26 Maret 2010
RAF's Airborne Stand-Off Radar (photo : RAF)
New Delhi. After F 35 JSF, F 16 Super Viper, F 18 Super Hornet and P8I aircraft and other weapon systems, the US has now offered another sophisticated system to India, the Airborne Stand-Off Radar (ASTOR).
According to Admiral Walter F Doran, President Asia for Raytheon, Indian officials had alredy been briefed on “this latest radar, for highly effective 24-hour surveillance and target acquisition capability.” The system is being operated now by the British Army and Royal Air Force (RAF) in Afghanisatan with five ASTOR aircraft and eight ground stations.
Admiral Doran told India Strategic during a visit here recently that Raytheon, a military technology giant, had also submitted a formal proposal to the Indian government. He declined to give details.
First deployed in 2008, ASTOR can even detect minor variations in surface levels, like digging and filling of earth at the same place, and draw conclusions about activity. The system consists of an Active Electronically Scanned Array (AESA) radar on board the Bombardier Global Express ‘Sentinel’ business jet.
Indian officials first visited the aircraft displayed at the Paris Air Show in June 2009 and have followed up with discussions.
Admiral Doran, a former US Navy’s 7th Fleet Commander, said that “the capability on board the ASTOR was unmatched,” pointing out that although Raytheon did not make platforms, its combat systems were on board most of the US aircraft, ships, spacecraft and land vehicles. For instance, the AESA radar on board the Boeing F 18 Super Hornet, F 15 Eagle and P8 Multi-mission Maritime Aircraft (for the US and Indian Navies) is built by Raytheon.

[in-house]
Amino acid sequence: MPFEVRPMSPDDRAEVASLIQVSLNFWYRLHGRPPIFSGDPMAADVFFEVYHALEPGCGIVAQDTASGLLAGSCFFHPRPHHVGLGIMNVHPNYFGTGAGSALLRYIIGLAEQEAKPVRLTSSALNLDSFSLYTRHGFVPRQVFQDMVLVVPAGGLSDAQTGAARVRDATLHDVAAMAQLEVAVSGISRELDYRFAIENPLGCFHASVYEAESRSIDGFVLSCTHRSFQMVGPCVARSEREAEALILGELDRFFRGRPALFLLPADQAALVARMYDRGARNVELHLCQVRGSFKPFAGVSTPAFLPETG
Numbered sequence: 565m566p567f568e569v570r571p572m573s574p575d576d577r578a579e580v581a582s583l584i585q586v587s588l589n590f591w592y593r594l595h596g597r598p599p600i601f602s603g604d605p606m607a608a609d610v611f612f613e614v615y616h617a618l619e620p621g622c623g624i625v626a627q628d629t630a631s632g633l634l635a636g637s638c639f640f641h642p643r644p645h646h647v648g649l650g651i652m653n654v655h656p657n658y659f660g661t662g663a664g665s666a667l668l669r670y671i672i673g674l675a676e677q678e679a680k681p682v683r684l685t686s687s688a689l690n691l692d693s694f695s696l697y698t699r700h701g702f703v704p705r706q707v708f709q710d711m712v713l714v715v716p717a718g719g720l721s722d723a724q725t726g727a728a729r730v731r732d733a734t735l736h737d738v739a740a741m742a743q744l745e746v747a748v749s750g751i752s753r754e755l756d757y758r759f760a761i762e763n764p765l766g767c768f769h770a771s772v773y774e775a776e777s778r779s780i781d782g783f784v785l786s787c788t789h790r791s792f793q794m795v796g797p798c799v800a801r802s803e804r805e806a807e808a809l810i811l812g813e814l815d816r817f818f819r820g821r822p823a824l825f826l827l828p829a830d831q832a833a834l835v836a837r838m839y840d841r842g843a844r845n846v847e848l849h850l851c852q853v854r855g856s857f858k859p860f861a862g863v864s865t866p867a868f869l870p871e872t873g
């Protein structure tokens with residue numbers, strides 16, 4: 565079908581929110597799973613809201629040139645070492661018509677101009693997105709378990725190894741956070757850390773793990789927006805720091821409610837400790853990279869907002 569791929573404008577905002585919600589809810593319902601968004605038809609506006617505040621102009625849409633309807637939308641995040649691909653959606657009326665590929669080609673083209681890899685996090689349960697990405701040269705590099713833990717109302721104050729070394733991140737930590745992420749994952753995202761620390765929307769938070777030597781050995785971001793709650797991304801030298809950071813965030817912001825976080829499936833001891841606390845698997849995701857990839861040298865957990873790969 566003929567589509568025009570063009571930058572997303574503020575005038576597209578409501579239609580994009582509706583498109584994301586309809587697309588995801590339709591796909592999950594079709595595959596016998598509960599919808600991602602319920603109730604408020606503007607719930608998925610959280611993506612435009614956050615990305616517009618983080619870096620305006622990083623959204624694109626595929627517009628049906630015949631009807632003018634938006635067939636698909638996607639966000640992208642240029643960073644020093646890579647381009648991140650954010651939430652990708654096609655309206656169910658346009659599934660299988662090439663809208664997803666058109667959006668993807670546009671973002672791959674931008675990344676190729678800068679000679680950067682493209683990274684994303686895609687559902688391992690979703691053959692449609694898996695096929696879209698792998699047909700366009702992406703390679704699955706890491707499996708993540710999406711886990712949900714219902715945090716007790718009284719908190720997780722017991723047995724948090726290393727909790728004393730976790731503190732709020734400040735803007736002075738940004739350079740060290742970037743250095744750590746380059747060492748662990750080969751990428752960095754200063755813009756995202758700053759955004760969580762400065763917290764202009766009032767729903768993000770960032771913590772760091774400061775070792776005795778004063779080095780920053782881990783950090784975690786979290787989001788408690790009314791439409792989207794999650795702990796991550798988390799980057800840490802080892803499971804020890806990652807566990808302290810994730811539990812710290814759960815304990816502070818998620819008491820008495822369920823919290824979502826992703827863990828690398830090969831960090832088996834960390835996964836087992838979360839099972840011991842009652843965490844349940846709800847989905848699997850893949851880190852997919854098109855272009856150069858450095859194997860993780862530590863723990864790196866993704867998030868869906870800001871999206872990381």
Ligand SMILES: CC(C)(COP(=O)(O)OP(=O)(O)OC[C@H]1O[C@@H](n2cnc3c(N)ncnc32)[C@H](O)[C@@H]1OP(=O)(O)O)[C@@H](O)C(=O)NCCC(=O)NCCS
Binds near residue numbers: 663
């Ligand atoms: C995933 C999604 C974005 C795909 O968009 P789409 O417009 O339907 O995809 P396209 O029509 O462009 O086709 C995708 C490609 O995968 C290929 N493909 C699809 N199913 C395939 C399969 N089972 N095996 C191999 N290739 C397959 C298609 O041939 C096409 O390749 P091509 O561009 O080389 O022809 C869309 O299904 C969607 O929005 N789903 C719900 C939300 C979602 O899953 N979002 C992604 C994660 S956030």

The company has also built an AESA radar for F 16s, should a country buying it make the choice in its favour.
So was the Mini-SAR, or the Miniaturized Synthetic Aperture Radar, on board India’s lunar mission Chandrayaan-1 which located ice on the polar surface of moon through high resolution imagery.
Raytheon provided the Mini-SAR to NASA, which gave it to the Indian Space Research Organisation (ISRO) for its lunar mission as part of their cooperative venture. NASA later sent another mission with a higher resolution SAR camera.
Admiral Doran said that ASTOR flies high enough – 40,000 to 45,000 feet – to cover a large ground area, and to be beyond the range of most Surface to Air Missiles (SAMs). It is also equipped with a self protection suite to put out flares and chaff to confuse and deflect any threatening missiles.
ASTOR’s main equipment includes a dual-mode SAR and Moving Target Indicator (SAR/MTI), part of the AESA system. The aircraft can fly for nine hours at a stretch.
There are three consoles for monitoring the ground, two for image analysts and one for the Airborne Mission Commander, besides the pilot and co-pilot. Data from the aircraft is fed to the ground stations from where action against hostile targets is initiated if required.